13) Kris Bryant (3B/OF, CHC – N/A)
The second overall pick in the 2013 draft, Bryant can hit and hit for a ton of power, which is a rare commodity from the right side of the plate these days. He’ll need a season-and-a-half or so in the minors, but he won’t take too long to reach Wrigley and he’ll challenge for 30 homers as soon as he gets there.
14) Christian Yelich (OF, MIA -15)
Yelich is a really good hitter who’s going to add a ton of value via his hit tool and willingness to take a walk, but he’s a bit overrated in the Fantasy world. The power and speed combo are modest, he’ll be playing in Miami in a terrible hitters’ ballpark and he struggles against lefties. I don’t see him as a future Top 10 Fantasy outfielder.
15) Mark Appel (OF, HOU – N/A)
People seem to be down on Appel since his upside might fall just shy of a true No. 1 starter, but he’s ready to pitch in a big league rotation now and he’ll probably spend most of his career as a No. 2 starter. Wins will be hard to come by in Houston for a bit, but the rest of the package is there.
16) Noah Syndergaard (SP, NYM – 38)
I’ve been hesitant to fully jump on the Syndergaard bandwagon until now, and I still have my doubts about his secondary offerings. But his good command and plus-plus fastball give him a high floor, and the No. 2 starter potential is very evident. He should reach the majors next season.
17) Kevin Gausman (SP, BAL -19)
Don’t let Gausman’s poor performance in the majors fool you: there’s a ton of upside here, and Gausman isn’t far off from being able to contribute to the Orioles more significantly. He’s more of a No. 2 starter than a true ace, but that’s not an insult and the strikeouts will be there. Now’s a good time to buy low.
18) Jameson Taillon (SP, PIT -21)
Another player I’ve been comparatively low on in the past, Taillon is forcing my hand by continuing to pitch well in Double-A. I don’t think he’s an ace and it’s too easy to square up his pitches, but he’s a safe bet to at least perform as a mid-rotation starter. He could reach the majors by season’s end.
19) Jonathan Singleton (1B, HOU -20)
Singleton has struggled since his return from a 50-game suspension served for Marijuana use, but he’s still the best 1B prospect in the game by a long shot and the power is still very real. If others are just looking at the stat line and want to sell low, Singleton makes a nice acquisition for rebuilding owners.
20) George Springer (OF, HOU – 42)
Springer strikes out way too often and eventually that’s going to stop him from hitting for a high average, but he has the potential to hit 20-30 homers and steal 20-30 bases. I think he’s pretty likely to turn into B.J. Upton from an offensive standpoint, but there remains the hope that he can be a little something more.
21) Jake Marisnick (OF, MIA -60)
This is an aggressive ranking for Marisnick but he’s having an excellent year in Double-A, showcasing the combination of power, speed and patience that first caught my attention in 2011. He’s flying under the radar right now but don’t be surprised to see him in the majors next season.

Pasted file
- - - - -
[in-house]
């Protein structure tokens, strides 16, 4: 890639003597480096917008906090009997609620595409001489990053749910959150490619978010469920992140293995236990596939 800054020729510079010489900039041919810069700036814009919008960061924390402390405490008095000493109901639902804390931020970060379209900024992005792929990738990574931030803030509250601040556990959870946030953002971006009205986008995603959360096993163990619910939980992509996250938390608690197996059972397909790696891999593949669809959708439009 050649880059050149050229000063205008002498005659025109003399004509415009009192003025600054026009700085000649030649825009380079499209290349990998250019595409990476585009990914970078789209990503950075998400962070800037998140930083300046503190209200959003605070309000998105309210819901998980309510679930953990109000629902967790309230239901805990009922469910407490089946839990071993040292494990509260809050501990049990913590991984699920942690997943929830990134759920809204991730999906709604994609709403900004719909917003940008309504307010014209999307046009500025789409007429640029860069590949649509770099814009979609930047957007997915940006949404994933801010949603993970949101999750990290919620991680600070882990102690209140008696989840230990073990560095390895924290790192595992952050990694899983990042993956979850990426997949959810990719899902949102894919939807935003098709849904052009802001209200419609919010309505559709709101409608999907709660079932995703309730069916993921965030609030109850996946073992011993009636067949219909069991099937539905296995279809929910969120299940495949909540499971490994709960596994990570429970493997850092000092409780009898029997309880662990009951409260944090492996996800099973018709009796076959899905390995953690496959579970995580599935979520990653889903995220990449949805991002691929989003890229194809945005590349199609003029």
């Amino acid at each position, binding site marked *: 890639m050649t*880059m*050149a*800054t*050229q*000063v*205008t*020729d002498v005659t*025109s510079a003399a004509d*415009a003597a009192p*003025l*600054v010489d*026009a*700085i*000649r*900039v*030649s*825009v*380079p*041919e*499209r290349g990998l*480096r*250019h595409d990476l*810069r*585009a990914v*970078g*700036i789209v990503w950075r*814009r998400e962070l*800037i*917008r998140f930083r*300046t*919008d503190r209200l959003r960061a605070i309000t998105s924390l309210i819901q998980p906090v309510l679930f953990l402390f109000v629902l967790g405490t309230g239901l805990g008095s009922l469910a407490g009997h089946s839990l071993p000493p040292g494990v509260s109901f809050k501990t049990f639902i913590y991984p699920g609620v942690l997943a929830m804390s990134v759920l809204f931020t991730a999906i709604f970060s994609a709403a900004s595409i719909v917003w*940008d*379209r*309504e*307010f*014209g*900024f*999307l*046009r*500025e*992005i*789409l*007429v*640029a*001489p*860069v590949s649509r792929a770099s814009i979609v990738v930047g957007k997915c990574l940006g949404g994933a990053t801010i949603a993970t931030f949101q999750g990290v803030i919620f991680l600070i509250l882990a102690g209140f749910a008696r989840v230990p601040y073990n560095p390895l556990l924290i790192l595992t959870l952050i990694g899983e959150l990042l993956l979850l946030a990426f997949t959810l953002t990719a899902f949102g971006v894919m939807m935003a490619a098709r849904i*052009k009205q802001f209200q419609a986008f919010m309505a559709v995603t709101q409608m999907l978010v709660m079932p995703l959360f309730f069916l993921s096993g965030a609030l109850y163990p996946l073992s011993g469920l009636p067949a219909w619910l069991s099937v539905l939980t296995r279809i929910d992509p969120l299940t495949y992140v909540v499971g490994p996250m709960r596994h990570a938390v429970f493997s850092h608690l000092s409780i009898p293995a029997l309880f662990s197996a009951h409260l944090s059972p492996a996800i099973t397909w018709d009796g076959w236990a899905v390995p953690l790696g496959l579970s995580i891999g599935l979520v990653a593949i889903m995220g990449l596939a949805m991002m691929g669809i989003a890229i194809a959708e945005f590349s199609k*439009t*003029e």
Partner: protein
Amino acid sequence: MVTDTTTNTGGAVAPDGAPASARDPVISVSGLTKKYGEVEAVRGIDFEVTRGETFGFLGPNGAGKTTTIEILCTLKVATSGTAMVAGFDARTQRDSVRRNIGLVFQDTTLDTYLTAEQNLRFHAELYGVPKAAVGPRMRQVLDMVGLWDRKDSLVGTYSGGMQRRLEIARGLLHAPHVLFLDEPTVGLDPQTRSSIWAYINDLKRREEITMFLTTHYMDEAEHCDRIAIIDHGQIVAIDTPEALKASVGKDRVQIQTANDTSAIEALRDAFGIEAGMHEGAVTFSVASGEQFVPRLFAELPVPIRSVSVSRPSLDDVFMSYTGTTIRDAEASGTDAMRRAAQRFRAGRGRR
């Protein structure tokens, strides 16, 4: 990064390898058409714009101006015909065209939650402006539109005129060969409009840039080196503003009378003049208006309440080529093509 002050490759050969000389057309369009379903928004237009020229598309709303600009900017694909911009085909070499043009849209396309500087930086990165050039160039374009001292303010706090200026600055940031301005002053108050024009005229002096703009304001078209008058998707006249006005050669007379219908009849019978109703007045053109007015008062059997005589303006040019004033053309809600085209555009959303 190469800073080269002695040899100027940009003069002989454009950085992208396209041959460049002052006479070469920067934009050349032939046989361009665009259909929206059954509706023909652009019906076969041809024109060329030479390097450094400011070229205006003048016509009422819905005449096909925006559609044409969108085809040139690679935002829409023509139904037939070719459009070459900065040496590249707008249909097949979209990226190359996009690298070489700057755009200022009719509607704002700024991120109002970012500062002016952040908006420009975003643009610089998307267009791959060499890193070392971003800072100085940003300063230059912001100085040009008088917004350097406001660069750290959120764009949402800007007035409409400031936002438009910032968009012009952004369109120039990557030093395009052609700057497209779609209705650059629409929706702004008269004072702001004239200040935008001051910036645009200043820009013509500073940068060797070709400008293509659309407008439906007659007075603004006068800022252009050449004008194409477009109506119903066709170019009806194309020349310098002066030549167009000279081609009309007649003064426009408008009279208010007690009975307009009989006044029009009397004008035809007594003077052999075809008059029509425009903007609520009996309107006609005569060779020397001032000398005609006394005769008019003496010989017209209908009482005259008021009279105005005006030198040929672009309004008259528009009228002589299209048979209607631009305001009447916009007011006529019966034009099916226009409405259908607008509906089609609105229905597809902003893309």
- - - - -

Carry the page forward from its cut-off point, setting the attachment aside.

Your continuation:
22) Dylan Bundy (SP, BAL – 4)
Bundy was universally viewed as the best pitching prospect in the game before the season, but will now miss the next year after Tommy John surgery. While the TJ success rate is good it’s not a guarantee, and this is the highest I can justify ranking someone who might not throw a pitch in 2014.
23) Carlos Martinez (SP, STL – 44)
I’m not thrilled by Martinez’ declining strikeout rate and he still walks a few too many batters as well, but the potential for Martinez to develop into a No. 2/3 starter or a shutdown closer is too hard to ignore. I don’t see how the Cardinals keep him in the minors for much longer, especially if he moves to the bullpen.
24) Robert Stephenson (SP, CIN – 85)
Stephenson is the player I underrated most coming into the year, but I shall make that mistake no longer. The fastball is at least a grade 70, and he just did horrible, mean things to Single-A hitters. By this time next year, he could be the best pitching prospect in the game.
25a) Maikel Franco (3B, PHI – 100)
One of 2013’s biggest breakout prospects, Franco has taken a big step forward this year, hitting over .300 with a combined 21 homers between High-A and Single-A. He may be Jose Molina-slow, but Franco has plus-plus power and natural bat-to-ball ability, even if the walk rates could use a boost.
25b) Garin Cecchini (3B, BOS -132)
I couldn’t decide between Cecchini and Franco for this final spot, because while the two are very different players their timetables and ultimate roles as Top 10 Fantasy third basemen are the same. Cecchini is still growing into his pop but he’s going to hit over .300 several times in his career, and he could swipe 15 bags per season to boot.
Honorable Mention: Travis d’Arnaud (C, NYM), Yordano Ventura (SP/RP, KC), Jonathan Gray (SP, COL), Gary Sanchez (C, NYY), Aaron Sanchez (SP, TOR), Jorge Soler (OF, CHC), Kyle Crick (SP, SF), Corey Seager (SS/3B, LAD), Kolten Wong (2B, STL), Delino DeShields (2B, HOU)